I didn’t know who Shayna McHayle was before I watched this film, and it’s her first acting role, but she’s now my new favourite actress. Despite Bujalski’s indie-improv background, this feels like a different arena for him, and yet he brings something of that feeling to this piece. It’s a film ostensibly about one of the bleaker environments gifted to us by American late capitalism (a boob-centric suburban restaurant, or ‘breastaurant’ as it were, a family-friendly place in Texas where the waitresses flaunt their assets), but it does a great job of centring the women in this story, brimming over with generosity and care for the women who effectively run this place. None of the men come off particularly well but that’s perhaps no surprise given the establishment — not all of them are terrible, but there’s a lot of sadness, but then there’s a lot of sadness just generally in the film (even as there are plenty of laughs too).

Regina Hall pulls everyone together as the manager of this joint, who truly cares for and goes out of her way to support her staff, who are all much younger and more easily exploitable by the sleazy men in control, like her boss (played by James Le Gros). This allows for a proper ensemble to form around her, pitched somewhere between comedy and drama, and finding a point of real warmth and generosity of spirit. There’s a clear story about unstable working environments and the kind of culture that leads to. Everyone is great in this, even when things seem to be falling apart for everyone, and it also manages to make its points about the precarious working lives women like the ones seen here have to navigate, and the untold amount of BS they have to put up with (for example the series of little vignettes of the dudes in the bar witnessed by McHayle’s Danyelle towards the end of the film which prompts her to a self-destructive moment). This really is a great actors film, and unexpectedly feel-good all things considered.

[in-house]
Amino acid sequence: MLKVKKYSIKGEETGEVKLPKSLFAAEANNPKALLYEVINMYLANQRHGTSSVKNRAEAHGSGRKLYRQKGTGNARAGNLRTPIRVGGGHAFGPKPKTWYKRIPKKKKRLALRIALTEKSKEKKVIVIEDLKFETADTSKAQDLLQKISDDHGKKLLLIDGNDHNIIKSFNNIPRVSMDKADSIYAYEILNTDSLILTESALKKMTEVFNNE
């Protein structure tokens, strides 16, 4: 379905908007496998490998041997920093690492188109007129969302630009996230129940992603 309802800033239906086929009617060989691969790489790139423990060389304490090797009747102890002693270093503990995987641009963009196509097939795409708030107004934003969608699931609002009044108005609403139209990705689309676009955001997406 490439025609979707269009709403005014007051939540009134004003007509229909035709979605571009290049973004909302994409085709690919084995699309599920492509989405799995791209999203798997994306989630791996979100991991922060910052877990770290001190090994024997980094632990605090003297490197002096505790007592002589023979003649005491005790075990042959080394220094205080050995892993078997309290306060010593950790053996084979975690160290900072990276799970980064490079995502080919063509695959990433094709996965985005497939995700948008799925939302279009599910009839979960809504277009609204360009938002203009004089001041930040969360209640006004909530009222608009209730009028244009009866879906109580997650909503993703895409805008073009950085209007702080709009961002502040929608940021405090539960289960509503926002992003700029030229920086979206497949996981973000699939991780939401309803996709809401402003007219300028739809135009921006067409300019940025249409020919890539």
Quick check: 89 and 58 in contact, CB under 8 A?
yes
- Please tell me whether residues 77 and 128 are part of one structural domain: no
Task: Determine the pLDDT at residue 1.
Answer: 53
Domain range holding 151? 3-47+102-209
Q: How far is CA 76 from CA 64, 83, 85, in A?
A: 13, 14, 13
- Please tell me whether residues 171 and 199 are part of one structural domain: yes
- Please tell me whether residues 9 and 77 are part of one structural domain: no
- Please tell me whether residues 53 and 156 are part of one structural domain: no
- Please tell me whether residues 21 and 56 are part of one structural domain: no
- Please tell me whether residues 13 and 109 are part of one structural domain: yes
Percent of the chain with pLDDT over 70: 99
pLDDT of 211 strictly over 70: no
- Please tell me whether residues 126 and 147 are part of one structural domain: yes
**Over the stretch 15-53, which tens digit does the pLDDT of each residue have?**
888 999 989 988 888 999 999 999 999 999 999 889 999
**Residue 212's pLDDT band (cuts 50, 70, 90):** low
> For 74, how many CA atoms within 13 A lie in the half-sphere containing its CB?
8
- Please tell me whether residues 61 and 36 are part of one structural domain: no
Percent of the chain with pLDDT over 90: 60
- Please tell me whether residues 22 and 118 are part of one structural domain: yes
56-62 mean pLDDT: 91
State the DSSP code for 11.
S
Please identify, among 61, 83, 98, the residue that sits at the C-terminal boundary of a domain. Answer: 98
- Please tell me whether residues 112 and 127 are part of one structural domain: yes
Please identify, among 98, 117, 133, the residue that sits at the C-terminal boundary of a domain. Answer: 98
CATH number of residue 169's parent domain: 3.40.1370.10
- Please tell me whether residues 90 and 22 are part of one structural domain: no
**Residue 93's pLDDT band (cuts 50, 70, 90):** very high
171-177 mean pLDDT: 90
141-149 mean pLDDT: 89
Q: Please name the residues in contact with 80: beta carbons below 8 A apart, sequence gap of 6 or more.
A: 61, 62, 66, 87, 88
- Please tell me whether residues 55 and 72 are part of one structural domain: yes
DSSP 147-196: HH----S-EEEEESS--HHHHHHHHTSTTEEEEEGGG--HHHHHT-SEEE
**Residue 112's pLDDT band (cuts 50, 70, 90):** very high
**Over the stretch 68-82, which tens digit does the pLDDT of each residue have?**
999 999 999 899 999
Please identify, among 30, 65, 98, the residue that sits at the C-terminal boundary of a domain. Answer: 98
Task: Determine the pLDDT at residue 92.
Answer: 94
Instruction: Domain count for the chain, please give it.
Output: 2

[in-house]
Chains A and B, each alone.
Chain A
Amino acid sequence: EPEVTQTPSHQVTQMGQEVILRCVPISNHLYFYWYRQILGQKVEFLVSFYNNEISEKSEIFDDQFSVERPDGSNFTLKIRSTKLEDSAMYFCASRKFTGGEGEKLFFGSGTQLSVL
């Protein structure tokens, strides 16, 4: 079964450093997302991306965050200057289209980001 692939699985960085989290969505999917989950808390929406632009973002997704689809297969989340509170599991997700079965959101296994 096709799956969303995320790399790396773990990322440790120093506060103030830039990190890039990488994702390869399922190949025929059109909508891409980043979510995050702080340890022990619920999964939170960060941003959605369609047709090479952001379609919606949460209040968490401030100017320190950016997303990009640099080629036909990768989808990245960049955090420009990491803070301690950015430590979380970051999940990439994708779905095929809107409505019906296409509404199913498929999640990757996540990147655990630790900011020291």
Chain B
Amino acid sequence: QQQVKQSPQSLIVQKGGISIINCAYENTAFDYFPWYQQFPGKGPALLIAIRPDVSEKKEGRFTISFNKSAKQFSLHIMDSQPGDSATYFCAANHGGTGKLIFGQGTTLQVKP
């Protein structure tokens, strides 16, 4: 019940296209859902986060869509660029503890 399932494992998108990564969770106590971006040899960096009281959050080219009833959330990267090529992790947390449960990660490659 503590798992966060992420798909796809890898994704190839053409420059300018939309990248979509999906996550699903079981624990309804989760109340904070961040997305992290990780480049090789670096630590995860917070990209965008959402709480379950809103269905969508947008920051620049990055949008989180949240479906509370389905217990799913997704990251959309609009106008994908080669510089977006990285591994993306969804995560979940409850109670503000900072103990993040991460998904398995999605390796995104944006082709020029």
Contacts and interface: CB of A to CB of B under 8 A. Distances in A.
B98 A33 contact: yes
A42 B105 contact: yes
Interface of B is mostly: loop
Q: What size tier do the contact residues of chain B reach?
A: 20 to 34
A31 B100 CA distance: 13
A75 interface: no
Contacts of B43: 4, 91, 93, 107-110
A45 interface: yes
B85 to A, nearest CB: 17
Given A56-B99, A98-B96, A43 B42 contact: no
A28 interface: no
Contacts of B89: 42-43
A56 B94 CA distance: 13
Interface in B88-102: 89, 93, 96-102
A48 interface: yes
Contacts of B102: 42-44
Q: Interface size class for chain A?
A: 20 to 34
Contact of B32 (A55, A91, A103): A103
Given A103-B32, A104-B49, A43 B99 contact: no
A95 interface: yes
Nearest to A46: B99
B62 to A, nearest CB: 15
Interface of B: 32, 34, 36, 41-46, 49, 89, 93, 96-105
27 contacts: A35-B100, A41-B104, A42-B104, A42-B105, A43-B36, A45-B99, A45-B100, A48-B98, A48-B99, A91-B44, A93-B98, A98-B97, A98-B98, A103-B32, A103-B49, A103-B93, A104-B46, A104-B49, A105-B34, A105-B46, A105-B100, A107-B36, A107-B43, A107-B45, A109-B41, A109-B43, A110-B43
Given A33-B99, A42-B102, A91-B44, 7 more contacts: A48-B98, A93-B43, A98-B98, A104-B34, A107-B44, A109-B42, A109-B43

Support the Girls film posterCREDITS